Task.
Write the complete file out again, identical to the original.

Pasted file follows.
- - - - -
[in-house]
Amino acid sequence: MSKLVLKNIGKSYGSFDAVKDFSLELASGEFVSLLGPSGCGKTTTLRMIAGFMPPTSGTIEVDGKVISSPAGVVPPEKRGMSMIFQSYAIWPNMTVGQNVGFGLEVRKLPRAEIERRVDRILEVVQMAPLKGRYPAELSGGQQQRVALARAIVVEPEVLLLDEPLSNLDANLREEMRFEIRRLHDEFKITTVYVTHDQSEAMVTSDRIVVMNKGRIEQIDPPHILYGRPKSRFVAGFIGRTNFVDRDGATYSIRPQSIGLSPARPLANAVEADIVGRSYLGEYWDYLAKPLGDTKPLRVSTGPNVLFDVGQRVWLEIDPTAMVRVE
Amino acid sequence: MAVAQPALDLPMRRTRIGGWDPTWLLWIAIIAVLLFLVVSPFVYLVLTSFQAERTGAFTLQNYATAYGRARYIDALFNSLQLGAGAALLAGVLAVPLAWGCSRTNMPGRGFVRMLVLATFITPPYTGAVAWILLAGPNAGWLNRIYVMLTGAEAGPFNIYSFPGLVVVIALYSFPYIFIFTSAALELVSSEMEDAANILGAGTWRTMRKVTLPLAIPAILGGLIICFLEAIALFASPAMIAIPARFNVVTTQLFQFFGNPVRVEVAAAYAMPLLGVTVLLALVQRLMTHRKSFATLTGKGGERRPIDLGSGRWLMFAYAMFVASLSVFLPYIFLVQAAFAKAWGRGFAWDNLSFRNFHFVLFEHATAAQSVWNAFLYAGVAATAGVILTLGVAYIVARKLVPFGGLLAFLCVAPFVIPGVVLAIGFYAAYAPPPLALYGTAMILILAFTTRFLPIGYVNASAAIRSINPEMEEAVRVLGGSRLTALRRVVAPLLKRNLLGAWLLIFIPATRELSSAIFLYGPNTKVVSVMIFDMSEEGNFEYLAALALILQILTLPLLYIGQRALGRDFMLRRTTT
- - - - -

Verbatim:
[in-house]
Amino acid sequence: MSKLVLKNIGKSYGSFDAVKDFSLELASGEFVSLLGPSGCGKTTTLRMIAGFMPPTSGTIEVDGKVISSPAGVVPPEKRGMSMIFQSYAIWPNMTVGQNVGFGLEVRKLPRAEIERRVDRILEVVQMAPLKGRYPAELSGGQQQRVALARAIVVEPEVLLLDEPLSNLDANLREEMRFEIRRLHDEFKITTVYVTHDQSEAMVTSDRIVVMNKGRIEQIDPPHILYGRPKSRFVAGFIGRTNFVDRDGATYSIRPQSIGLSPARPLANAVEADIVGRSYLGEYWDYLAKPLGDTKPLRVSTGPNVLFDVGQRVWLEIDPTAMVRVE
Amino acid sequence: MAVAQPALDLPMRRTRIGGWDPTWLLWIAIIAVLLFLVVSPFVYLVLTSFQAERTGAFTLQNYATAYGRARYIDALFNSLQLGAGAALLAGVLAVPLAWGCSRTNMPGRGFVRMLVLATFITPPYTGAVAWILLAGPNAGWLNRIYVMLTGAEAGPFNIYSFPGLVVVIALYSFPYIFIFTSAALELVSSEMEDAANILGAGTWRTMRKVTLPLAIPAILGGLIICFLEAIALFASPAMIAIPARFNVVTTQLFQFFGNPVRVEVAAAYAMPLLGVTVLLALVQRLMTHRKSFATLTGKGGERRPIDLGSGRWLMFAYAMFVASLSVFLPYIFLVQAAFAKAWGRGFAWDNLSFRNFHFVLFEHATAAQSVWNAFLYAGVAATAGVILTLGVAYIVARKLVPFGGLLAFLCVAPFVIPGVVLAIGFYAAYAPPPLALYGTAMILILAFTTRFLPIGYVNASAAIRSINPEMEEAVRVLGGSRLTALRRVVAPLLKRNLLGAWLLIFIPATRELSSAIFLYGPNTKVVSVMIFDMSEEGNFEYLAALALILQILTLPLLYIGQRALGRDFMLRRTTT